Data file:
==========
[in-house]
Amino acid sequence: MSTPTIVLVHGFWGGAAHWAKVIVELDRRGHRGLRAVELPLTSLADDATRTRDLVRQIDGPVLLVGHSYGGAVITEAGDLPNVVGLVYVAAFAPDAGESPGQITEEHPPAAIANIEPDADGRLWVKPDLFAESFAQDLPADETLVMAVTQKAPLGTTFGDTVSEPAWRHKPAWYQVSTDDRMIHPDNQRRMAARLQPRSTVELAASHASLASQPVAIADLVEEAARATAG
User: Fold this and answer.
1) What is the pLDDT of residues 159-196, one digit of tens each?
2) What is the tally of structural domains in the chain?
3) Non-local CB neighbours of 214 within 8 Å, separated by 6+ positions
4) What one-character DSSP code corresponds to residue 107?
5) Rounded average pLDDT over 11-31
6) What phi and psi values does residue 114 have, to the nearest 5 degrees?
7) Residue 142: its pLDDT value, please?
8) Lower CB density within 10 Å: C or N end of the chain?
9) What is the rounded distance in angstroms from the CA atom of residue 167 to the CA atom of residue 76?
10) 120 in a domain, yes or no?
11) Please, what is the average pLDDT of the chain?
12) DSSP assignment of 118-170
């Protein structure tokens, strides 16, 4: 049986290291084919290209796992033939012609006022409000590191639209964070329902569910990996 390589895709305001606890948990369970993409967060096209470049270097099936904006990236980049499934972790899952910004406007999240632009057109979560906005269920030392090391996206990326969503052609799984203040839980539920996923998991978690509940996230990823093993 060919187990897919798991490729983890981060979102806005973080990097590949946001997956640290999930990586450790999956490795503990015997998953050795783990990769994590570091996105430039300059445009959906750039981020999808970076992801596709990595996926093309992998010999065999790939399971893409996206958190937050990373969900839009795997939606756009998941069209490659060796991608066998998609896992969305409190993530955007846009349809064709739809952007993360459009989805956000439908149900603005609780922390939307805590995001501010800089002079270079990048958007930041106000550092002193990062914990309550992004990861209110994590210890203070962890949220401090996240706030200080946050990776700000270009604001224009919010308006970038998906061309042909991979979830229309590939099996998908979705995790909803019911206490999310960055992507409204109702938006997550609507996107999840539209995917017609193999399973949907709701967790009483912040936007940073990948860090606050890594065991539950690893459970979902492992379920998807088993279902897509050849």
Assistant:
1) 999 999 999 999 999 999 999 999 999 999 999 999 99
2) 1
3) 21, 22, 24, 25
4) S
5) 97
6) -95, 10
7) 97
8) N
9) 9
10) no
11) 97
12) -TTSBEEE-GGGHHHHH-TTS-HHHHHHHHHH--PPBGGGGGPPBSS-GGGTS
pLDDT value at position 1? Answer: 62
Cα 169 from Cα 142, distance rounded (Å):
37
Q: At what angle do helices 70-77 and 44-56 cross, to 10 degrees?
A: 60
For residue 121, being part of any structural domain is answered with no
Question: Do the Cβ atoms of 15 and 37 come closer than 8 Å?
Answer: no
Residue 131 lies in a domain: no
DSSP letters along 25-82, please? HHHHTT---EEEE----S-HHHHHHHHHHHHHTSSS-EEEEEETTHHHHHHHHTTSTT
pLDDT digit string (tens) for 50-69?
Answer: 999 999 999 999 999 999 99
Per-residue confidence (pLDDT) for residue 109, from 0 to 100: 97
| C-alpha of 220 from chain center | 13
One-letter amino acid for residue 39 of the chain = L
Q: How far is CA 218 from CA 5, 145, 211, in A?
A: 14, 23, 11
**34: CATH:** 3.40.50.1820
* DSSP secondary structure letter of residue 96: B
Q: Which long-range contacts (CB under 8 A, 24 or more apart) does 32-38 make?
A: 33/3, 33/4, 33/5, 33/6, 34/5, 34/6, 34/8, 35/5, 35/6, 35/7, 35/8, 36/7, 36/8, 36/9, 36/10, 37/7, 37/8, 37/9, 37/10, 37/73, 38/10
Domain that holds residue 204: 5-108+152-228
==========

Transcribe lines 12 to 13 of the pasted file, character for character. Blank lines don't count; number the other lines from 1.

9) What is the rounded distance in angstroms from the CA atom of residue 167 to the CA atom of residue 76?
10) 120 in a domain, yes or no?